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There is one thing you can do with the old devices. They can be used as wifi-adapters for computers that don't come with wifi built-in. Early Raspberry PI's for example only supported ethernet but not wifi. So plug router into Raspberry and have router be client to connect to actual router and you have wifi with good antennas. Same deal with older desktops that only have ethernet but not wifi.
Of course, how often will you be working with devices that don't have wifi? Probably not often. I would keep at least one of them for this purpose, but if you have many, then yes, there probably won't be much use these days due to bandwidth, etc.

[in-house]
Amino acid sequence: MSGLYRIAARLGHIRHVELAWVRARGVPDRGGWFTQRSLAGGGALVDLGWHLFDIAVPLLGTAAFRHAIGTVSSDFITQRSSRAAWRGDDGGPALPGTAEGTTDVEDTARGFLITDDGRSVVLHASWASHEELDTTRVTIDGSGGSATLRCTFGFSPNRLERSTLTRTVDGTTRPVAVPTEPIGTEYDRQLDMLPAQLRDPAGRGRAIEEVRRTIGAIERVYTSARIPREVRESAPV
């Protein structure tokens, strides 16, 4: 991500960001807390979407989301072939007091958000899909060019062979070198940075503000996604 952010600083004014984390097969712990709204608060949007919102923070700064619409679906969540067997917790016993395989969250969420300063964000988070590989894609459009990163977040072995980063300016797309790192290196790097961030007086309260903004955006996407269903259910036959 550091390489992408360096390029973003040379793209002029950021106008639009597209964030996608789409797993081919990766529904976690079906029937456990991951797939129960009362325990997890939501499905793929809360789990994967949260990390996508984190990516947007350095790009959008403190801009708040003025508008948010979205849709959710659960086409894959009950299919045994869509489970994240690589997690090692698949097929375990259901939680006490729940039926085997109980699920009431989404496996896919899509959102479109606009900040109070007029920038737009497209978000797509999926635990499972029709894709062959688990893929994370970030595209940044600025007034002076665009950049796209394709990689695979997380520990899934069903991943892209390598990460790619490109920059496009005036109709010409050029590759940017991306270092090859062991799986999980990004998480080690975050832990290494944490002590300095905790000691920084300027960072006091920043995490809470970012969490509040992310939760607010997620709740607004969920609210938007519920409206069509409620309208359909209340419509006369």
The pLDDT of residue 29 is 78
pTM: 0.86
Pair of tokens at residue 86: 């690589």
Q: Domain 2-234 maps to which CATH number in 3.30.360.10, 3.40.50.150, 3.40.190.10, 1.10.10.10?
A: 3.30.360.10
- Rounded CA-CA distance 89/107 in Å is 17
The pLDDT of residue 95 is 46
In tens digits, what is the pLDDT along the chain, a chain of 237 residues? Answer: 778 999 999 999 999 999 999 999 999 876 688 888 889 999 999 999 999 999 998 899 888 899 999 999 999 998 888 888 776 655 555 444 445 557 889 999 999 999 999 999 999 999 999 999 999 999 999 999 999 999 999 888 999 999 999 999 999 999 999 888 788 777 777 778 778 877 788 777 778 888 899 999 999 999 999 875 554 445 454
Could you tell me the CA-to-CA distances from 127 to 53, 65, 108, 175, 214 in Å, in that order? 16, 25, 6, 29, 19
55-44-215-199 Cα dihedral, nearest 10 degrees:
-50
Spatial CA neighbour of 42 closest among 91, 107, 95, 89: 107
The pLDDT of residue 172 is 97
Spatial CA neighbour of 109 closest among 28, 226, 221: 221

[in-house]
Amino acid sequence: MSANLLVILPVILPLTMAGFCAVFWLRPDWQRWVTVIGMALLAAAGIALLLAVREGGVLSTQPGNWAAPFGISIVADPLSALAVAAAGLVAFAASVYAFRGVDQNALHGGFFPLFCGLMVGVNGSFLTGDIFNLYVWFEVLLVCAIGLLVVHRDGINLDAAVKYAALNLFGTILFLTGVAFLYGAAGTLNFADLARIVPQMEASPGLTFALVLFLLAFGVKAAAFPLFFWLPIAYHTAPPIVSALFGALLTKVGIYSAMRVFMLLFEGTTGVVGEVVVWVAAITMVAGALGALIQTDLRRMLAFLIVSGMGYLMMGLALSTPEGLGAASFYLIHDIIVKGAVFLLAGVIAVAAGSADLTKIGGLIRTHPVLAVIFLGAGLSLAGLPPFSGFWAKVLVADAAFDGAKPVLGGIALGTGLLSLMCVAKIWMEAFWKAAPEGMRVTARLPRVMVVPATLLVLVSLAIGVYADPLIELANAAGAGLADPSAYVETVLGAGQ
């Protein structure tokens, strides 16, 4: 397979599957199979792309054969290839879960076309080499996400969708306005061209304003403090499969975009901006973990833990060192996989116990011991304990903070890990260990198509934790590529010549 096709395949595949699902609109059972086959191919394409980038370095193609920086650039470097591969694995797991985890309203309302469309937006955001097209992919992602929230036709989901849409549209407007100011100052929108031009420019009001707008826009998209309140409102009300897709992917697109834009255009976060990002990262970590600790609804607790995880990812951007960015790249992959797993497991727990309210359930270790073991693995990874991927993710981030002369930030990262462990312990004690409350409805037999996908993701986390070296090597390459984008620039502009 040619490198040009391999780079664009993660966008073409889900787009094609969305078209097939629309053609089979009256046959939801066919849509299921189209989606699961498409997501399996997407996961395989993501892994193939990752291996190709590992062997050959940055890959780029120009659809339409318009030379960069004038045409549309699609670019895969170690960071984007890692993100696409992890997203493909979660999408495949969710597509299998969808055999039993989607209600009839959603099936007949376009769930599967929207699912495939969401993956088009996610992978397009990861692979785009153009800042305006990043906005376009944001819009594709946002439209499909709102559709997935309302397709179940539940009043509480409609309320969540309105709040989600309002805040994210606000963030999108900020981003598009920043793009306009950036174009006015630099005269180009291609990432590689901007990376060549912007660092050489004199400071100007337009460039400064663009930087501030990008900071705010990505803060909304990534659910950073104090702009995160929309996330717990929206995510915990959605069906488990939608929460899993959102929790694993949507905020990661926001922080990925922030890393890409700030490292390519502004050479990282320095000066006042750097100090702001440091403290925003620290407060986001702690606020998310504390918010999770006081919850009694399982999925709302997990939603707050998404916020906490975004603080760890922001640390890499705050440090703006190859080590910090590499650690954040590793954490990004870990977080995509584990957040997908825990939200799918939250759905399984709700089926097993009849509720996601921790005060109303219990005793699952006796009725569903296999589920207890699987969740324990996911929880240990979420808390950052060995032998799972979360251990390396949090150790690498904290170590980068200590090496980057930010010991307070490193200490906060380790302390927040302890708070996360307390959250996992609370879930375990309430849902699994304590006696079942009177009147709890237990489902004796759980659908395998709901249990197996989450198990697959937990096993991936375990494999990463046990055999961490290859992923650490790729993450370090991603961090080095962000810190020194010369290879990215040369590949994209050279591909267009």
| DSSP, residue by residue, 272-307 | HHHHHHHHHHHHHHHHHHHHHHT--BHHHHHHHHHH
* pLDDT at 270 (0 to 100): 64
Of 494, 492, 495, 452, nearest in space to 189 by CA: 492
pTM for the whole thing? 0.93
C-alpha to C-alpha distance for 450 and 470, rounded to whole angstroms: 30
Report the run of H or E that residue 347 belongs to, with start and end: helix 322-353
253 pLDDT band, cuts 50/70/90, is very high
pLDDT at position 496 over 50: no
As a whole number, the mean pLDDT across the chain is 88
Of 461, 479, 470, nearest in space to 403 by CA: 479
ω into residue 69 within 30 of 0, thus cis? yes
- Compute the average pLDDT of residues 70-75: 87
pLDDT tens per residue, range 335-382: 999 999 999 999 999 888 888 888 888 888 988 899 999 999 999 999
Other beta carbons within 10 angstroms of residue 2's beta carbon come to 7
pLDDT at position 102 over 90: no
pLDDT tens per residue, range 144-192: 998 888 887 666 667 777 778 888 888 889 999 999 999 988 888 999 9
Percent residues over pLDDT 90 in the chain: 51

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i have 2 raspberrys, and sure they dont come with wifi AC but i have them plugged along side other ARM boards into a managed switch, i can still use them as backup switches and wifi APs but i'd still like to tax their CPU with something not critical. SAMBA is one thing that comes to mind, i've used openWRT on an older tp link router long ago with an external hard drive. Speeds were slow but at least werent locked to a single device like the stock tp link firmware.

But i'd like to use openwrt across multiple older routers for something that can be done in a clustered way.

First thing to remember is that Linux is a kernel, not an operating system. OpenWrt uses a Linux kernel that is very close to upstream, so programming for OpenWrt is very similar to programming for a "desktop" Linux-based distro. Things to remember: